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Op-Ed published in Haaretz in Hebrew (translated)

We will keep building a shared society, brick by brick

Zohar Michalgrov

Kindgartens were closed on Tuesday. Maayan went for a playdate at Anir’s house, her friend from the Rosh Ha’ayin/Kafr Qasim bilingual kindergarten. This was her first time at his house and it took place while thugs and bigots wreaked havoc across Israel, and while Jews dared not step foot in Arab cities.

Hotheads tend to have shorter response times, so it took us peace-loving folk a couple of days to process the initial shock. Then, we launched our own counterattack, taking every opportunity to create connections, strengthen bonds, and rebuild our future.

So Maayan went to Anir’s house, and Nina visited Aboudi, and Tulay went to see Zohar. Fifteen wonderful children attend our integrated kindergarten, which is run by a nonprofit called Hand in Hand. The kindergarten launched this year, and operates in an environment that doesn’t quite know what to make of it. When I tell people my daughter goes to kindergarten in Kafr Qasim, the response is always somewhere on the surprise-spectrum—anywhere between wonder and horror. 

Our kids are young. They don’t understand the meaning of words like escalation, intimidation, cabinet, or parity. Their politics are simple and lovely; they stem from innocence and laughter and the humility afforded by their tender age.

Around our children there is a circle of families, which is steadily becoming a true community. One child attending a bilingual kindergarten can influence an entire family. Parents develop bonds, siblings join school events, grandmothers beam as they hear nursery rhymes in both Hebrew and Arabic. Two weeks ago, we all got together for an Iftar community event. We ate and celebrated and laughed together. We didn’t know what was to come. 

There is also a third circle—the two cities at the heart of this burgeoning bilingual community. Rosh Ha’ayin and Kafr Qasim are complex cities, with religious and conversative-leaning populations. Kafr Qasim bears the heavy weight of the terrible Kafr Qasim massacre. They don’t need to “import” any of their anger from Gaza or Al-Aqsa, as nearly every family still grieves the lives claimed by a crime that Israel refuses to take accountability for to this day. 

Then there was Covid-19, which raged on the majority of our first year in operation. Covid-19 also tried to divide us. We could have let it. But when the winds of war grew emboldened, we found ourselves in the heart of the storm.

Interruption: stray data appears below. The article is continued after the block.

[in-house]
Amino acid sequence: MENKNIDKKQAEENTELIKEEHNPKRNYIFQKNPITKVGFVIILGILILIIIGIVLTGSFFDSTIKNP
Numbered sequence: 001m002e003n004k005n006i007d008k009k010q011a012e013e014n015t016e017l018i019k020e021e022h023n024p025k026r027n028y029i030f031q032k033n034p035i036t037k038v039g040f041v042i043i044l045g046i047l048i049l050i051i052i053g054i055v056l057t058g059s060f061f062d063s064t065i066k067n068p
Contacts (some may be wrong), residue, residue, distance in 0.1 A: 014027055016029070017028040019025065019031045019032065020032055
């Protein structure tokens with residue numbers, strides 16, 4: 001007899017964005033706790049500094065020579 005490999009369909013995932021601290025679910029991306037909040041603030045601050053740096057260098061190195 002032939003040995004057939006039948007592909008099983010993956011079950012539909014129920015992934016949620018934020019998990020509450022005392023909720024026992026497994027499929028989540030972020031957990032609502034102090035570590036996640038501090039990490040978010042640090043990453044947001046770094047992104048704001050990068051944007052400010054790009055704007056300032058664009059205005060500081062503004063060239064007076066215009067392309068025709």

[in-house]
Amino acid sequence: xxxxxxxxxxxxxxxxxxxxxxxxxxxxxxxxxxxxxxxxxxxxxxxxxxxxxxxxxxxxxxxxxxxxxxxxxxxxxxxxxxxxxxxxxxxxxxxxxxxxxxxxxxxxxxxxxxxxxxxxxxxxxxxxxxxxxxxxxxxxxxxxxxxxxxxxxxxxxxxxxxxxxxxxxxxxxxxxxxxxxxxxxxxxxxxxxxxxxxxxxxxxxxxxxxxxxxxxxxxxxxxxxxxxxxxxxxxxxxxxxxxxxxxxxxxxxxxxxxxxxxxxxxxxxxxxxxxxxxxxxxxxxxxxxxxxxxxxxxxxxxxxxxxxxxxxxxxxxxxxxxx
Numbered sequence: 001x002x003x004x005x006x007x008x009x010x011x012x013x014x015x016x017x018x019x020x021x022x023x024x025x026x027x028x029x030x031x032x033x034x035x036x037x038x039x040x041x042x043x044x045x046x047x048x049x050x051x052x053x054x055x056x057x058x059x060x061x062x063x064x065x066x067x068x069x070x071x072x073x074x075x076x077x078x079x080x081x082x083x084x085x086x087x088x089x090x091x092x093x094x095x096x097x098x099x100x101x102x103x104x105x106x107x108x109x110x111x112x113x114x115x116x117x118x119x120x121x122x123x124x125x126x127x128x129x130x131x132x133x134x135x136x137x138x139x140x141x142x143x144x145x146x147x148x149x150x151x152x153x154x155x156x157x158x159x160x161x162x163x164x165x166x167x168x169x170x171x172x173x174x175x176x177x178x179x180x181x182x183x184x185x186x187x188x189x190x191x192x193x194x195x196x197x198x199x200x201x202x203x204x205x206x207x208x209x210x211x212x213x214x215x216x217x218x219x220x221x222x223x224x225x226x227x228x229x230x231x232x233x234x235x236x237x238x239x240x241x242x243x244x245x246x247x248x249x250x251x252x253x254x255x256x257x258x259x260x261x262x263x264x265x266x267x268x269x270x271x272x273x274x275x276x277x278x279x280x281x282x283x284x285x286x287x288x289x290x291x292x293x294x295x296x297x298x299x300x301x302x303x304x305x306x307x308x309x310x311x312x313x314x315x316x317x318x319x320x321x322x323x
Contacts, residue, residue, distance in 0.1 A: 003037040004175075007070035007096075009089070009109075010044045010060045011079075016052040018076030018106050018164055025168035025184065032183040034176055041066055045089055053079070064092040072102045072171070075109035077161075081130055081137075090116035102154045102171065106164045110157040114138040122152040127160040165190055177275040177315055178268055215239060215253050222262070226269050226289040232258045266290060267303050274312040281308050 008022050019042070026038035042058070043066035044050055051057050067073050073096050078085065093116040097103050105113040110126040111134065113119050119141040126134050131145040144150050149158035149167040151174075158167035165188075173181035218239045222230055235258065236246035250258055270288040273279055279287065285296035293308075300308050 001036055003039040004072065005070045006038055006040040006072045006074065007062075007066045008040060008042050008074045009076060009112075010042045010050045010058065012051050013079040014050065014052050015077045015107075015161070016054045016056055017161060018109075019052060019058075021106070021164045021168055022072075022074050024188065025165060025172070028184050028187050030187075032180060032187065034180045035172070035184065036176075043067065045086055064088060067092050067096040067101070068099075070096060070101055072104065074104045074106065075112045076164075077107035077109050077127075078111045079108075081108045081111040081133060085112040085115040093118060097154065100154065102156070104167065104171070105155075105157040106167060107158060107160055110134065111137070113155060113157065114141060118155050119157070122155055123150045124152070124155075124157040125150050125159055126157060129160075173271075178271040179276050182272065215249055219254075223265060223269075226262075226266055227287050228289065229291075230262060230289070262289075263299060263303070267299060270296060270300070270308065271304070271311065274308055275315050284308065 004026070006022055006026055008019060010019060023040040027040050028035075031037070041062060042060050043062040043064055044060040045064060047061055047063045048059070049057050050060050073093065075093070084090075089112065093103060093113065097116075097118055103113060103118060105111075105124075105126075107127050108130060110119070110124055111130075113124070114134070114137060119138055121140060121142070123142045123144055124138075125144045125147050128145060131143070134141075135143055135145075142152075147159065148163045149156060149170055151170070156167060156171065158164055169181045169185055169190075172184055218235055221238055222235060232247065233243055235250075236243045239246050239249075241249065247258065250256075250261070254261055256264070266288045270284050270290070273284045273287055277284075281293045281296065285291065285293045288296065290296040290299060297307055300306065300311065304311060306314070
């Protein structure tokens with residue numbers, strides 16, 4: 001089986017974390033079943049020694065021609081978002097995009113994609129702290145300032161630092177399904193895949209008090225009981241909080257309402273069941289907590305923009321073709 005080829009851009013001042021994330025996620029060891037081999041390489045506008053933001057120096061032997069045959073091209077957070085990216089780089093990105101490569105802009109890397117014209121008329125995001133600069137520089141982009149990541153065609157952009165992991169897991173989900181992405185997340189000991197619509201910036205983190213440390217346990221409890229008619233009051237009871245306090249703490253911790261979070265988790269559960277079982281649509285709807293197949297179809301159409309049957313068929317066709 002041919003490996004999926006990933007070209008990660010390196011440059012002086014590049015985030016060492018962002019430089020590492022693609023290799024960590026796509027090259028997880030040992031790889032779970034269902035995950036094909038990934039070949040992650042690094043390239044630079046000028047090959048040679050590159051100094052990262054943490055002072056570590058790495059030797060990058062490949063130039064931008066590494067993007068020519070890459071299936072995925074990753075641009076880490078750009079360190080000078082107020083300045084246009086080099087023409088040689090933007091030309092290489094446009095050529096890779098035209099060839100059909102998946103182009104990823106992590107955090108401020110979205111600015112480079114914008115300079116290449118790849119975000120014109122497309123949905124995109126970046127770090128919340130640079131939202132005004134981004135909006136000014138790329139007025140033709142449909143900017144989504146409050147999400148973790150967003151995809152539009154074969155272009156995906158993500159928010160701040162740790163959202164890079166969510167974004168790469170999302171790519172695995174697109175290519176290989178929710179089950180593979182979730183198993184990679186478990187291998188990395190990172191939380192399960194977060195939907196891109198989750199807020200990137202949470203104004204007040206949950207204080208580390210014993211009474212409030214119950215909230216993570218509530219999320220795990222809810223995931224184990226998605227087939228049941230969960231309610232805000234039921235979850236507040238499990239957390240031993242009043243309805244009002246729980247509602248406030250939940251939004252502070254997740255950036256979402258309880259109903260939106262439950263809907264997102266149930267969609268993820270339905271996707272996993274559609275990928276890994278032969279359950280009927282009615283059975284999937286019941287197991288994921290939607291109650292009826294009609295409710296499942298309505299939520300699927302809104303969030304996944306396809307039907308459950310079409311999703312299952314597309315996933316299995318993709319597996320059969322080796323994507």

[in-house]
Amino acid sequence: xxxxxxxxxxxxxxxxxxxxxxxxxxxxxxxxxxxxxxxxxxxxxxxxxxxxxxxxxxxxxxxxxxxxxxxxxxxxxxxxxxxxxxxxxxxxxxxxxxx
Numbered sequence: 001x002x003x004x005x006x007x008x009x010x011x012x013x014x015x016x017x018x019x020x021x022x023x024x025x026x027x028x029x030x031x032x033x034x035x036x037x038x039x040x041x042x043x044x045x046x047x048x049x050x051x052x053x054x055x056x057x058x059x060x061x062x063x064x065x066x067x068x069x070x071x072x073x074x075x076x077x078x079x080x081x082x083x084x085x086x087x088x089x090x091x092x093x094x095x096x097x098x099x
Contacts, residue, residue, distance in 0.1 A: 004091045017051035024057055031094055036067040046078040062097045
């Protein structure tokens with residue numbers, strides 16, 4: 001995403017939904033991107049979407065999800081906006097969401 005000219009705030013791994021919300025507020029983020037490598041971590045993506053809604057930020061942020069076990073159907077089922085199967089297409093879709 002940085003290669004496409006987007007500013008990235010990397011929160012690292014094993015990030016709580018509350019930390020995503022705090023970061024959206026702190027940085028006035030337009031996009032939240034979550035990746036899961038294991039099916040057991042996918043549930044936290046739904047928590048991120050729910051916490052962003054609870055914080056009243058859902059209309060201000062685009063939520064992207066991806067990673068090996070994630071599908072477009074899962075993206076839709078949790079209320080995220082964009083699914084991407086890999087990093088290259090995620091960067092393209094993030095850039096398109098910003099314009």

Last Thursday was particularly difficult. Social media was full of horror stories about what was taking place in Kafr Qasim, and posts about thugs organizing in Kafr Qasim to launch attacks on the neighboring Rosh Ha’ayin. In response, residents of Rosh Ha’ayin organized to “protect” the city. The previous day, local leaders met and issued a call for orderly conduct and peace. They exhibited true leadership at a critical moment in time. It still wasn’t enough.

On that day, we felt called to act. Mothers from our bilingual kindergarten organized a joint rally on the bridge that runs between the two cities, which included handing out flowers and candy to the Muslim residents on their way to Eid al-Fitr gatherings. Activists from the regional partnership group and the Deputy Mayors of both cities joined and issued a joint de-escalation call.

We were only about ten people on that bridge, a tiny group, but it was enough to lessen some of the tension. Over one hundred concerned residents from the region attended our next rally. 

This round of war and unrest has brought on terrible violence, especially in mixed cities and regions. It also brought home the understanding that the peaceful majority must work together now. Even under the threat of rockets, even in the face of mass rage. Some people call us delusional, and they might be right. It may be delusional to raise children in a shared environment while our people are killing each other. But we have no choice but to continue on this path, and encourage more families to join our wonderful, delusional world of integrated education. As we grow, so too will the partnership between the two cities, and the entire region. Try as some might to destroy our work, we will continue building our home—brick by brick. Like kids do.


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